Take the 2-minute tour ×
Stack Overflow is a question and answer site for professional and enthusiast programmers. It's 100% free, no registration required.

I've already got some code to read a text file using fscanf(), and now I need it modified so that fields that were previously whitespace-free need to allow whitespace. The text file is basically in the form of:

title: DATA
title: DATA
etc...

which is basically parsed using fgets(inputLine, 512, inputFile); sscanf(inputLine, "%*s %s", &data);, reading the DATA fields and ignoring the titles, but now some of the data fields need to allow spaces. I still need to ignore the title and the whitespace immediately after it, but then read in the rest of the line including the whitespace.

Is there anyway to do this with the sscanf() function?

If not, what is the smallest change I can make to the code to handle the whitespace properly?

UPDATE: I edited the question to replace fscanf() with fgets() + sscanf(), which is what my code is actually using. I didn't really think it was relevant when I first wrote the question which is why I simplified it to fscanf().

share|improve this question
    
If you used to parse it using scanf, then you could also previously parse something like title: DATA title: DATA (i.e. all on one line). If you want to allow whitespace in values, then what will be the terminator? If newline, then it seems that your original code was a bit too lax... –  Pavel Minaev Dec 23 '09 at 0:31
    
Also, how do you decide on the size of str buffer, and how do you ensure that it does not overflow? –  Pavel Minaev Dec 23 '09 at 0:32
    
yes, when the DATA can have whitespace the newline will be used as the terminator –  Graphics Noob Dec 23 '09 at 0:33

6 Answers 6

up vote 10 down vote accepted

If you cannot use fgets() use the %[ conversion specifier (with the "exclude option"):

char buf[100];
fscanf(stdin, "%*s %99[^\n]", buf);
printf("value read: [%s]\n", buf);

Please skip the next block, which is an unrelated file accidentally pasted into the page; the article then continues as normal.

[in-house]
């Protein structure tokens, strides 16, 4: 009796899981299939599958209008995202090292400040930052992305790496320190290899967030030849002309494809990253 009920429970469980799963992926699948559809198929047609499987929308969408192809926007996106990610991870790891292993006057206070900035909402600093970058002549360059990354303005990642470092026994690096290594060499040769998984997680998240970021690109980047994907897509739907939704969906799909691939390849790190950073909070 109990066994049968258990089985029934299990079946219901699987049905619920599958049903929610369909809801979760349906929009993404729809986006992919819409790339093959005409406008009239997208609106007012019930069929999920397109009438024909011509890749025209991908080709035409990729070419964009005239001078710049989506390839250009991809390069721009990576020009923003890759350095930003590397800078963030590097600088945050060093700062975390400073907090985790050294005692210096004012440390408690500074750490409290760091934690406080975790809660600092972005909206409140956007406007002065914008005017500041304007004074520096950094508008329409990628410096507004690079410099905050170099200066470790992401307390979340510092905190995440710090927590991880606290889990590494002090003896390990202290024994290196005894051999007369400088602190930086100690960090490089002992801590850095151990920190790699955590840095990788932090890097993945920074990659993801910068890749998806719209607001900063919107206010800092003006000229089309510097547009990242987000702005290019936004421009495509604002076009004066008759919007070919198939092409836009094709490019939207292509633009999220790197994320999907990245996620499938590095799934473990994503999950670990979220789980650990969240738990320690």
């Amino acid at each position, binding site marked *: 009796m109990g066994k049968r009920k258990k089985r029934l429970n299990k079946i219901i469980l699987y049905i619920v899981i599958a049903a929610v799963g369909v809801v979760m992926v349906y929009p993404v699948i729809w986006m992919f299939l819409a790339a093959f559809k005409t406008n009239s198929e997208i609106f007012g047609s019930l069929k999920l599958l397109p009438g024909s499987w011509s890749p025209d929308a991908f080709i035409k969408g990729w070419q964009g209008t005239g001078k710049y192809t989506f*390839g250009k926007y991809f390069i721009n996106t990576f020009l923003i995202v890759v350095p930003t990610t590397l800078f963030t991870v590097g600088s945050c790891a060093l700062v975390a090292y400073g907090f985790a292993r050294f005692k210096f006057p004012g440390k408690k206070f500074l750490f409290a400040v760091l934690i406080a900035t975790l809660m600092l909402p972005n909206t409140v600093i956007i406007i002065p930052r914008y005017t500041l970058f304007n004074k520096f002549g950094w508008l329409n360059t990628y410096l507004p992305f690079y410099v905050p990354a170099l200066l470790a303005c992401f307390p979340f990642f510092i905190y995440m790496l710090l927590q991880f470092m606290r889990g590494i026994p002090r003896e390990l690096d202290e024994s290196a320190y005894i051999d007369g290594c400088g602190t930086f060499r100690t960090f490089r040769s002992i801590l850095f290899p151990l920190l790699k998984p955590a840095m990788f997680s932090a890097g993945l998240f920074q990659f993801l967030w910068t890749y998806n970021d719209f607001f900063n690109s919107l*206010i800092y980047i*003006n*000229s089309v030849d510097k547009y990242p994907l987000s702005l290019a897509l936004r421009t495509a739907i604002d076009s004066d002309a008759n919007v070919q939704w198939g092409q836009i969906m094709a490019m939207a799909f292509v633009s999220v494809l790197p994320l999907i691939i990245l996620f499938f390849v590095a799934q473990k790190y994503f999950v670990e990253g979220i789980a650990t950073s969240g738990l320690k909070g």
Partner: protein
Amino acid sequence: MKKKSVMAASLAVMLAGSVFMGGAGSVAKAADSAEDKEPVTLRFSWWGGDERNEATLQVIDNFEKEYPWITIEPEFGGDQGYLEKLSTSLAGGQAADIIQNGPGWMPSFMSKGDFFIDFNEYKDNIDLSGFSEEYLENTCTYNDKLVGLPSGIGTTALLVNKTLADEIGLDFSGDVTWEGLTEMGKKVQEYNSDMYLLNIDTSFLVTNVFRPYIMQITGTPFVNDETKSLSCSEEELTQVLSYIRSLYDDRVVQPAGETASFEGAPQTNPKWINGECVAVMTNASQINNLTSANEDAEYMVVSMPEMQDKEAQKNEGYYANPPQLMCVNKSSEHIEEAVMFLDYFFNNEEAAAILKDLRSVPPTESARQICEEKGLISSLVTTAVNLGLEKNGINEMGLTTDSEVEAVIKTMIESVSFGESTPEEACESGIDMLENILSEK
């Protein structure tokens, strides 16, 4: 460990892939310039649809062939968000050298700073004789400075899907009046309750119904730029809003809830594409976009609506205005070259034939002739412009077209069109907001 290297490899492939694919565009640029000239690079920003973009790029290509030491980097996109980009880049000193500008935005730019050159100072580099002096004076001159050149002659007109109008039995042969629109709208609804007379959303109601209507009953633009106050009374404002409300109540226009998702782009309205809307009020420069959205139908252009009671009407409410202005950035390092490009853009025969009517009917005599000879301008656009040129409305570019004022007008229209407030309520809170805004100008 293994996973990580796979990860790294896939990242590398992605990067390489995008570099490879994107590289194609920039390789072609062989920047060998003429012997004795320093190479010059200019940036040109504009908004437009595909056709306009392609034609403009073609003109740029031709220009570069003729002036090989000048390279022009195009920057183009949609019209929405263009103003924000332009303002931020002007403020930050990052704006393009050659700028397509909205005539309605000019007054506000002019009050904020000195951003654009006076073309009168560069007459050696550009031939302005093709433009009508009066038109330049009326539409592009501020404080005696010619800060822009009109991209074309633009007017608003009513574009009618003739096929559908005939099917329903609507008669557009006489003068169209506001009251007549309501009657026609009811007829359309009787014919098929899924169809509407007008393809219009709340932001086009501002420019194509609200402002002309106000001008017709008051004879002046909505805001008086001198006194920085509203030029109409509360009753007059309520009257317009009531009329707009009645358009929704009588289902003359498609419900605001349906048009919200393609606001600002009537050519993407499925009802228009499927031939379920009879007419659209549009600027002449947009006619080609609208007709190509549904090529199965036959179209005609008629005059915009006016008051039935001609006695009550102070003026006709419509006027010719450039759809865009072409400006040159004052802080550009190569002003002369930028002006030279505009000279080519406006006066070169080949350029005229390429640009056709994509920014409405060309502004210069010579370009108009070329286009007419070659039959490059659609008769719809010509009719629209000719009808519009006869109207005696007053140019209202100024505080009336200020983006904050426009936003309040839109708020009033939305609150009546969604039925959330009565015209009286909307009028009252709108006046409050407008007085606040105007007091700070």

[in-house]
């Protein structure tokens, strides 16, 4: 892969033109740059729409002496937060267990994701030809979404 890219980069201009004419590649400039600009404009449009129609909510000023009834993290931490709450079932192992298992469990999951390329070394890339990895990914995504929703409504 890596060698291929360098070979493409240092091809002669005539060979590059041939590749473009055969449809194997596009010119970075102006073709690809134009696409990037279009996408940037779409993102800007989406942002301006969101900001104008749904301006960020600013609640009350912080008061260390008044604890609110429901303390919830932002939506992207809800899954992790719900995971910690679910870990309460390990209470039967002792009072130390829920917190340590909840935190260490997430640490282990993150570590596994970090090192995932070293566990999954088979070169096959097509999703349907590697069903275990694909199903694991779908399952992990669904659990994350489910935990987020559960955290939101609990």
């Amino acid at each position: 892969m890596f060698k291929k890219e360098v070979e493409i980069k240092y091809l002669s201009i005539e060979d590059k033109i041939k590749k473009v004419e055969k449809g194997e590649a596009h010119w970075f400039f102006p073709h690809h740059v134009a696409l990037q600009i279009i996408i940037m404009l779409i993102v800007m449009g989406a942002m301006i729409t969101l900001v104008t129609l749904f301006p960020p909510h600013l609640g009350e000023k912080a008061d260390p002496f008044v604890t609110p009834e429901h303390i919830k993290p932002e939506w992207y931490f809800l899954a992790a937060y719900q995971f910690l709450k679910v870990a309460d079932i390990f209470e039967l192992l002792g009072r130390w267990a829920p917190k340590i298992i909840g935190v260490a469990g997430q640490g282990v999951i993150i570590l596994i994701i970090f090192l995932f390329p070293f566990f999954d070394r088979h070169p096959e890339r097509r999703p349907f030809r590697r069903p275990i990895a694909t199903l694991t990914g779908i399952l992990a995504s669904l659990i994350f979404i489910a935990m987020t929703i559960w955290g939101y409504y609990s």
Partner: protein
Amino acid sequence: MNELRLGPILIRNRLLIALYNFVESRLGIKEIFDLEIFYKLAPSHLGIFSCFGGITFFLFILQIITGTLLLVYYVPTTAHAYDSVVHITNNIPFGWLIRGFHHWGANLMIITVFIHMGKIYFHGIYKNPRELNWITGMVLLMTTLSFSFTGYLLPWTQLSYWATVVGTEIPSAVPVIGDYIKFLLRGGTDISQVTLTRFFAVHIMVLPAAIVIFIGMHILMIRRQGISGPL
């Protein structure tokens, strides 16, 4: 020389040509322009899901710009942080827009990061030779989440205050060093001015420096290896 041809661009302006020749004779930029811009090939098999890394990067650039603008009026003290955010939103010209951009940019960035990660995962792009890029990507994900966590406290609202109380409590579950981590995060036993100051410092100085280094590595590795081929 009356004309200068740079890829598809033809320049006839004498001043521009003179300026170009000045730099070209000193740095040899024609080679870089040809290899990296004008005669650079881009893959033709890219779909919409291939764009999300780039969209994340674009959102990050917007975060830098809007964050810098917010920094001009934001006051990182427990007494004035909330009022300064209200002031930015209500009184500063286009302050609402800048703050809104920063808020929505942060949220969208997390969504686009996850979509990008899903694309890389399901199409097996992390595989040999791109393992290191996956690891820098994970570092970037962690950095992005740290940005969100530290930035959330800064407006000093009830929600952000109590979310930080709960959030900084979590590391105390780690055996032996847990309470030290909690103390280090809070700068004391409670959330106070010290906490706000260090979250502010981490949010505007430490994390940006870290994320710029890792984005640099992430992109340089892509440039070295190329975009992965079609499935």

But fgets() is way better.


Edit: version with fgets() + sscanf()

char buf[100], title[100];
fgets(buf, sizeof buf, stdin); /* expect string like "title: TITLE WITH SPACES" */
sscanf(buf, "%*s %99[^\n]", title);
share|improve this answer
2  
For this particular case, how is fgets "way better"? –  Pavel Minaev Dec 23 '09 at 0:39
1  
Well ... the requirements keep changing (first there was no space in the string). It isn't better for this particular case, but it is better to use fgets() now, in antecipation for the next change of requirements :) –  pmg Dec 23 '09 at 0:42
    
I updated the question to show that I actually do use fgets() to read the line, then sscanf() to parse it, but is there a better way to parse the line after fgets()? –  Graphics Noob Dec 23 '09 at 0:45
    
fgets() + sscanf() is a good way to parse (simple) strings. –  pmg Dec 23 '09 at 0:52
2  
@Calmarius: yes, it's Standard C89. I don't have a reference for C89, but you can read about it in 7.19.6.2 in Standard C99. –  pmg May 13 '13 at 15:50

I highly suggest you stop using fscanf() and start using fgets() (which reads a whole line) and then parse the line that has been read.

This will allow you considerably more freedom in regards to parsing non-exactly-formatted input.

share|improve this answer